Roses Are Read
Published on Valentine’s Day, this new anthology of love poetry takes its title from Michael Ondaatje’s ‘The Cinnamon Peeler’, a powerfully sensuous meditation on the physicality of love experienced as material desire, all bodies and touching and sticky warmth: “I buried my hands / in saffron, disguised them / over smoking tar, / helped the honey gatherers . . .”. The best love poetry (and there’s a lot of it in this book) achieves this mingling of the solid and the intellectual, the external world and internal emotions, in its attempts to account for the bewildering experience of love.
Maura Dooley’s ‘Preface’ to this selection talks about how initially she wanted each section of the book to link to the next, but abandoned this project because “Love is not orderly”. Instead, the book is divided into twelve discrete sections that nevertheless overlap, mingling and blurring at the edges as if they, too, were steeped in the gathered honey of the book’s title. The novelist E.M. Forster once wrote that art is “the one orderly product” that humanity has created on Earth: love, even love in art, disorders life as it disorders art and artistry, and the arts may be measurable by their ability to construe love in all its varieties as that which defines people.
Certainly the poets anthologised here see love as a defining experience, and one that poetry returns to again and again. Indeed love poetry constitutes one popular and powerful conception of what poetry actually should be, and it’s no surprise to find many familiar standards in Dooley’s selection. John Donne, Robert Graves and W.B. Yeats, great poets all as well as great love poets and great poets of love, are well-represented here, but part of Dooley’s project is to extend the national and linguistic boundaries of the love poem (in keeping with Bloodaxe policy in recent years). Consequently many poems appear here in translation, from writers as diverse as Rilke, Miroslav Holub, Xu Zhi Mo and Pablo Neruda. Many contemporary poets are also included, extending the historical range of the anthology from the Renaissance and earlier (there’s an anonymous Irish poem from the 9th century here) through to the 1990s.
This cosmopolitanisation of the love poem works also to democratize it, spreading the reader’s reference out into less culturally-specific areas of romantic experience. This makes reading this anthology educational as well as emotionally enhancing, and opens up the emotional range of love poetry to new sources. The juxtaposition of poems from different areas, periods and attitudes towards love further dynamises the anthology, and allows even the familiar to be appreciated anew.
At times the call-and-response structure familiar from other recent anthologies is in evidence here too, for example in the placing of Sir Thomas Wyatt’s ‘Forget not yet the tried intent’ next to Gwen Harwood’s response, ‘Meditation on Wyatt II’. Wyatt’s skilful manipulation of rhythm and tone, his careful but seemingly effortless balancing of words and lines, appears as a kind of incantation, a sung series of injunctions:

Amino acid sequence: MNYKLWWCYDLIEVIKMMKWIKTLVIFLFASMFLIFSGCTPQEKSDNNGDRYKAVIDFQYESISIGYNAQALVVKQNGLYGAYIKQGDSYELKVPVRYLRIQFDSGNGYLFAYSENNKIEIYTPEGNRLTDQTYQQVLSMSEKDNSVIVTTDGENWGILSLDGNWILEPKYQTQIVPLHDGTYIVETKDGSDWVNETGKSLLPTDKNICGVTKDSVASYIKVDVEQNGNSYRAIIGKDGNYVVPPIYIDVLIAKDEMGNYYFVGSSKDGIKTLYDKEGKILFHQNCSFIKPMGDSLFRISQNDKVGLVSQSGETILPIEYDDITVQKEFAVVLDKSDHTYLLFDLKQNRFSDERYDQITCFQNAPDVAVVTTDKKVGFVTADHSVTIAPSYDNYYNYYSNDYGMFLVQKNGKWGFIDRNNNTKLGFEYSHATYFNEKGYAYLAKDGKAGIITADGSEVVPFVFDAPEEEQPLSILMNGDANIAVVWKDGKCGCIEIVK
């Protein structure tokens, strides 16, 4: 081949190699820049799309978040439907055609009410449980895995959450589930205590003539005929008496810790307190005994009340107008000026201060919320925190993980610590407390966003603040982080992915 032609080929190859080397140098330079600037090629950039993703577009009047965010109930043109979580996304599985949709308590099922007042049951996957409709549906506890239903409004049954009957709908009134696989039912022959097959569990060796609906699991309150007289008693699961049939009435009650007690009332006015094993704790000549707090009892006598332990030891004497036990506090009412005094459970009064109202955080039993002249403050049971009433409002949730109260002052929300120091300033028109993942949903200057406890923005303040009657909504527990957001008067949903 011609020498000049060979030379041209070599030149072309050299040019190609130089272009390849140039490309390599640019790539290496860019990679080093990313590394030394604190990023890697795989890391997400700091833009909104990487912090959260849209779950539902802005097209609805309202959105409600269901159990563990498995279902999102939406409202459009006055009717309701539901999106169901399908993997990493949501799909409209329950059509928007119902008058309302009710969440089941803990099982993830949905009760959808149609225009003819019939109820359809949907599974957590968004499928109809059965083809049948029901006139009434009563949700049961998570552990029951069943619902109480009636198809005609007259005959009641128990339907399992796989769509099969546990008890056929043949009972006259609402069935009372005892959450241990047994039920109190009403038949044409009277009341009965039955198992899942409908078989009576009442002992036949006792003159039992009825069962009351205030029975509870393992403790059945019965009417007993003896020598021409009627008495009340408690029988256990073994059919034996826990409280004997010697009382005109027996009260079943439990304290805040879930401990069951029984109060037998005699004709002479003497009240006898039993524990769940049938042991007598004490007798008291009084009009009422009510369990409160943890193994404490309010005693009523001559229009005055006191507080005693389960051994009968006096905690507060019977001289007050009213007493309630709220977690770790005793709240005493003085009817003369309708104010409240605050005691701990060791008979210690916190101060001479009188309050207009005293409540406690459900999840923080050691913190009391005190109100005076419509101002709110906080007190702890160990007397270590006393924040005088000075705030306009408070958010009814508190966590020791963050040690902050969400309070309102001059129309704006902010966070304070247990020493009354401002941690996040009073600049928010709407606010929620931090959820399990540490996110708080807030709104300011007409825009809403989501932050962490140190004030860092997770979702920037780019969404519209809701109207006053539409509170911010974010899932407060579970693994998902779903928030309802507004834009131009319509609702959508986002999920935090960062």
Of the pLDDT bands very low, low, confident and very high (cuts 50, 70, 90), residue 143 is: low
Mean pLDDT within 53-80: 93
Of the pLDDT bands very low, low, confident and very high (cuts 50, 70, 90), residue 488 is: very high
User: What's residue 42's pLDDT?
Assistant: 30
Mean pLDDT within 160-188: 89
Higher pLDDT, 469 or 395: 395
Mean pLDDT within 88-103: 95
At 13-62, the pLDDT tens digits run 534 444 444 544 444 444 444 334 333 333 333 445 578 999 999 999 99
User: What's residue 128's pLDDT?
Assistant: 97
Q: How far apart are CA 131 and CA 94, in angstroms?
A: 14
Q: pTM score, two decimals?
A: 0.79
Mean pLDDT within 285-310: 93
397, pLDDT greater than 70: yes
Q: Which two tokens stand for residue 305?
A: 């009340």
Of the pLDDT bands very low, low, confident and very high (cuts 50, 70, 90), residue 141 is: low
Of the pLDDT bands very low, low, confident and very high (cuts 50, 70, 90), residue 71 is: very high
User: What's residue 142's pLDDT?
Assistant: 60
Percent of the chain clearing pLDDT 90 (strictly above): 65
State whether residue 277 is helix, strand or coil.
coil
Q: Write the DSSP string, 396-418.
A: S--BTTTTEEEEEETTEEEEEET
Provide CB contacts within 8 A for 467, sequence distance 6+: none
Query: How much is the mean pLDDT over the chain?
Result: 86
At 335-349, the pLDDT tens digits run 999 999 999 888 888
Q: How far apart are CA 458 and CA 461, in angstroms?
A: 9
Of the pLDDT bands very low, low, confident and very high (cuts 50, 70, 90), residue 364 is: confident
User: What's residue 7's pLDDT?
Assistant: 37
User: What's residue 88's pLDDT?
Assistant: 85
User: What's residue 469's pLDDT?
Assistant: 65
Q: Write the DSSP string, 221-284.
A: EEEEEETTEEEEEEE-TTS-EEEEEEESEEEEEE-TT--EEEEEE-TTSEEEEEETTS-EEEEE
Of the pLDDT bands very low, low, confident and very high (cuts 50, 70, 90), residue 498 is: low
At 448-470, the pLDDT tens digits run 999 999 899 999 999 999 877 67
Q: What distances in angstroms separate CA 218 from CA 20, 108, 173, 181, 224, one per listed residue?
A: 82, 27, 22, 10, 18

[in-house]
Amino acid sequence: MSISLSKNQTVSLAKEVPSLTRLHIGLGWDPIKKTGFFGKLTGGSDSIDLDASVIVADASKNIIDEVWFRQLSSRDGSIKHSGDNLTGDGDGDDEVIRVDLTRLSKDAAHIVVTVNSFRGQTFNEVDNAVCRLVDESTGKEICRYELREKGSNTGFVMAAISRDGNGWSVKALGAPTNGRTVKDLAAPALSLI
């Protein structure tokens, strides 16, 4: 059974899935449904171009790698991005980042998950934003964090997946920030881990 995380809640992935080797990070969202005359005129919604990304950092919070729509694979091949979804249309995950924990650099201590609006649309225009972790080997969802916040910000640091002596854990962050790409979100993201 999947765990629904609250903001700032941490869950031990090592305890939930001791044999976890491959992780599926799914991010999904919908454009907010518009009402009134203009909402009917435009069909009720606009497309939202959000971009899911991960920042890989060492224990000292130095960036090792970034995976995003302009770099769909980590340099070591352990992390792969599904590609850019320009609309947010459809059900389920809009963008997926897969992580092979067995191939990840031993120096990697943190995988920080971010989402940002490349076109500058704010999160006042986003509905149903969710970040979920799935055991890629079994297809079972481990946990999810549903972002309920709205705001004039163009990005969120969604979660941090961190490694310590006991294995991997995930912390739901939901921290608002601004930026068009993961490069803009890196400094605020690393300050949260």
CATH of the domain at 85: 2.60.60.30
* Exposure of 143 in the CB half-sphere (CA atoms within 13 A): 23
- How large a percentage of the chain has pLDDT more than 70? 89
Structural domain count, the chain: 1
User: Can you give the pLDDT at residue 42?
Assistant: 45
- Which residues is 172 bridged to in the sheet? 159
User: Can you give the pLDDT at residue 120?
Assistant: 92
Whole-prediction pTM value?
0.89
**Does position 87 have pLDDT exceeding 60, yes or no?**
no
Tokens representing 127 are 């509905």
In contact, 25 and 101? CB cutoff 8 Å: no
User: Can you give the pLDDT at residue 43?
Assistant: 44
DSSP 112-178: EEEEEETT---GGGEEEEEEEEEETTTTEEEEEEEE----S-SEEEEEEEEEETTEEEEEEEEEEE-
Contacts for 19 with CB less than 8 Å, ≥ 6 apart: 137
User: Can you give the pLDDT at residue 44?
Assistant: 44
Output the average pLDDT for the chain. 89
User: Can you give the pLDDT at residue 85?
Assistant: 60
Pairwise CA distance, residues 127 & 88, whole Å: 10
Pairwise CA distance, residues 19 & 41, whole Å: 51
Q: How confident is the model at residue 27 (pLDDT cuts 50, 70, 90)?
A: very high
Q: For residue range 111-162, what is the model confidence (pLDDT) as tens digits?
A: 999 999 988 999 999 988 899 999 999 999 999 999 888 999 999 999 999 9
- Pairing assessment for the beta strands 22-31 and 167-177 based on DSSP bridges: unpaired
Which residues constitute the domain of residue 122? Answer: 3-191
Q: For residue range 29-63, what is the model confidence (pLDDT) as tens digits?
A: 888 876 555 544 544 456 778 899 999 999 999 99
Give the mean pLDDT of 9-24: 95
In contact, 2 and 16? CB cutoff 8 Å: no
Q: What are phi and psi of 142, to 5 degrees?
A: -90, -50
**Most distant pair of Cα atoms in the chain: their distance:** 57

‘Forget not yet, forget not this,
How long ago hath been, and is,
The mind that never meant amiss.
Forget not yet.
Forget not yet thine own approved,
The which so long hath thee so loved,
Whose steadfast faith yet never moved:
Forget not this.’
Harwood, in contrast, considers Wyatt’s formal literary thoughts in strictly literary terms, as metaphors, producing in the process a poem of profound, self-conscious intensity:
‘‘The which so long hath thee so loved’
counting the pulsebeats foot to foot
our splendid metres limb to limb
sweet assonance of tongue and tongue
figures of speech to speech bemused
with metaphors as unimproved
as the crooked roads of genius
but our hearts’ rhymes are absolute.’
Such interplay between historically distant poets (Wyatt died in 1542, at the age of 39; Harwood in 1995, at the age of 75) affords a rare insight into how poetic conventions have modeled and remodeled the experience of love. Wyatt’s delicacy is matched by Harwood’s, which is yet utterly different in modality and mood; Harwood’s repetitions climb up the human body from foot to tongue, while Wyatt’s are stylistic, laden with the obligations of a courtly code of romance only echoed in Harwood’s language.
As an alternative, consider A.E. Housman’s ‘He would not stay for me’:
‘He would not stay for me; and who can wonder?
He would not stay for me to stand and gaze.
I took his hand and tore my heart in sunder
And went with half my life about my ways.’
To which contemporary poet Wendy Cope replies:
‘I think I am in love with A.E. Housman,
Which puts me in a worse than usual fix.
No woman ever stood a chance with Housman
And he’s been dead since 1936.’
Like Gwen Harwood, Cope is a modern woman poet responding (with her characteristic wit-on-the-verge-of-despair) to an older male poet. In each case the response is a transformation of the older poem, and in each case the response is, of course, half in love with the older rhyme. Perhaps the secret of a good anthology of love poetry lies in this discovery of covert ‘romances’ between writers of vastly different styles and periods. If so, Maura Dooley knows it.
"Is AntiBookClub's call to Penguin Random House to drop The Art of the Deal from their catalog an effective form of resistance?READ the article